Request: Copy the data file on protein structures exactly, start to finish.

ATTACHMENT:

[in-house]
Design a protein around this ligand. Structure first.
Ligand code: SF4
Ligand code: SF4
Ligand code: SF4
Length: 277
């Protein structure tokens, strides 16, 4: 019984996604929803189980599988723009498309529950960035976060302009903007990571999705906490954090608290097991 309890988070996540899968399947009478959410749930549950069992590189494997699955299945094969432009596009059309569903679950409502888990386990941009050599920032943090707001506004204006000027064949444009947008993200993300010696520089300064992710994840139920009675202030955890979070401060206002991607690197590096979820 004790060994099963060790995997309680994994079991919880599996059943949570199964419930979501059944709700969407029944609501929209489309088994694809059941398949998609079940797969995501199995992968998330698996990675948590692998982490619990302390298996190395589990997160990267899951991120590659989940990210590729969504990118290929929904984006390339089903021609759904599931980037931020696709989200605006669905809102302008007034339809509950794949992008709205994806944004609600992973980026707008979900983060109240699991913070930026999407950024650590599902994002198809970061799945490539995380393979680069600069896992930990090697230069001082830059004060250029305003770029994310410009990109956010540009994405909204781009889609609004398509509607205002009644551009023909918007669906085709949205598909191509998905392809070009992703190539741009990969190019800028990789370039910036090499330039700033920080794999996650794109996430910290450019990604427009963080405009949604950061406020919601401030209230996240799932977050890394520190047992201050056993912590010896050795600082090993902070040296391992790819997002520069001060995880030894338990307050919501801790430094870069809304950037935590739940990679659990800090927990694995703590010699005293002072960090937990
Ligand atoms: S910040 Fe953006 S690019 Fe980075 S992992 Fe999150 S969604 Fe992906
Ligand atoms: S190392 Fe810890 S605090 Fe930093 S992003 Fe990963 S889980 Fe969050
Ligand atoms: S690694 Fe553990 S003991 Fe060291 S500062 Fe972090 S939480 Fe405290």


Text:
[in-house]
Design a protein around this ligand. Structure first.
Ligand code: SF4
Ligand code: SF4
Ligand code: SF4
Length: 277
């Protein structure tokens, strides 16, 4: 019984996604929803189980599988723009498309529950960035976060302009903007990571999705906490954090608290097991 309890988070996540899968399947009478959410749930549950069992590189494997699955299945094969432009596009059309569903679950409502888990386990941009050599920032943090707001506004204006000027064949444009947008993200993300010696520089300064992710994840139920009675202030955890979070401060206002991607690197590096979820 004790060994099963060790995997309680994994079991919880599996059943949570199964419930979501059944709700969407029944609501929209489309088994694809059941398949998609079940797969995501199995992968998330698996990675948590692998982490619990302390298996190395589990997160990267899951991120590659989940990210590729969504990118290929929904984006390339089903021609759904599931980037931020696709989200605006669905809102302008007034339809509950794949992008709205994806944004609600992973980026707008979900983060109240699991913070930026999407950024650590599902994002198809970061799945490539995380393979680069600069896992930990090697230069001082830059004060250029305003770029994310410009990109956010540009994405909204781009889609609004398509509607205002009644551009023909918007669906085709949205598909191509998905392809070009992703190539741009990969190019800028990789370039910036090499330039700033920080794999996650794109996430910290450019990604427009963080405009949604950061406020919601401030209230996240799932977050890394520190047992201050056993912590010896050795600082090993902070040296391992790819997002520069001060995880030894338990307050919501801790430094870069809304950037935590739940990679659990800090927990694995703590010699005293002072960090937990
Ligand atoms: S910040 Fe953006 S690019 Fe980075 S992992 Fe999150 S969604 Fe992906
Ligand atoms: S190392 Fe810890 S605090 Fe930093 S992003 Fe990963 S889980 Fe969050
Ligand atoms: S690694 Fe553990 S003991 Fe060291 S500062 Fe972090 S939480 Fe405290």